The first breath in this cycle is one initiated by the ventilator. The second breath is the patient triggered breath. There is a slight dip at the beginning of the breath, which is the patient creating a negative pressure. The ventilator senses this and delivers another breath. The user can set what the trigger is, in litres per minute of flow for example, to make it easier or harder for the patient to trigger the breath.
The ventilator will then deliver that breath to the set volume or pressure depending on the parameters set by the user i.e. is it pressure controlled or volume controlled ventilation.
So the ventilator assists the patient by controlling the amount of volume the patient receives.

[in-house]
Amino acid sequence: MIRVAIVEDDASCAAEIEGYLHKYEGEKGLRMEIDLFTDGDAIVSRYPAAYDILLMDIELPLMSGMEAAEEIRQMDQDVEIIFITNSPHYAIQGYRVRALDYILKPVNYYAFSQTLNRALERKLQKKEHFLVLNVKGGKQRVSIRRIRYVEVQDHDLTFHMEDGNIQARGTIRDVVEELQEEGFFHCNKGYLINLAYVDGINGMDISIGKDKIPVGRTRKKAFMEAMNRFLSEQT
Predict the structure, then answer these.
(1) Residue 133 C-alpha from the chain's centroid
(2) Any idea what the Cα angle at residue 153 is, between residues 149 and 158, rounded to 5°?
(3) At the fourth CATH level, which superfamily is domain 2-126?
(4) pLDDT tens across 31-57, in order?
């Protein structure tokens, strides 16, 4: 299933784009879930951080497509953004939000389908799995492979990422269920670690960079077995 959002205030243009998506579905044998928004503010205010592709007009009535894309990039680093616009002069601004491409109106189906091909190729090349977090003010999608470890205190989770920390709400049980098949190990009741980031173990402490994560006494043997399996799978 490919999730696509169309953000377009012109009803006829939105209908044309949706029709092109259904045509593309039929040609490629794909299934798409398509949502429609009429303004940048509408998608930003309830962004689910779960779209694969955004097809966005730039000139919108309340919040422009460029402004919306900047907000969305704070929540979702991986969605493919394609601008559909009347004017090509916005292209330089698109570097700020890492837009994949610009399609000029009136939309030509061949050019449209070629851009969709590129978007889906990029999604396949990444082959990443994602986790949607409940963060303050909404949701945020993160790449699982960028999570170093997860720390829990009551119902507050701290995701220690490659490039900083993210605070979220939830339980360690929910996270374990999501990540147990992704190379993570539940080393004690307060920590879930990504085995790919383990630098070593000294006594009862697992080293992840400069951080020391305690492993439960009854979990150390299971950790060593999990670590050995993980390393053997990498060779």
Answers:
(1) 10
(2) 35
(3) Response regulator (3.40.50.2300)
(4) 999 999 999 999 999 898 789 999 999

If the patient is weak, they will always receive a full volume/pressure breath, even when they initiate it themselves.
Because the patient will always receive the same pressure/volume they may be at risk of hyperventilation if they do not require such big breaths.
Just as in AC mode, if the patient does not trigger a breath, the patient will receive a set volume/pressure breath, as in the first breath here.
However in SIMV when a triggered breath is initiated the patient determines the volume, which may be smaller than the non triggered breath.
So if the patient wants a lower volume during their spontaneous efforts they will receive a lower volume.
If the patient is taking good volumes during their spontaneous breaths, this may indicate that weaning might be possible.
If the spontaneous breaths are too small, then pressure support can be added to each breath to help the patient.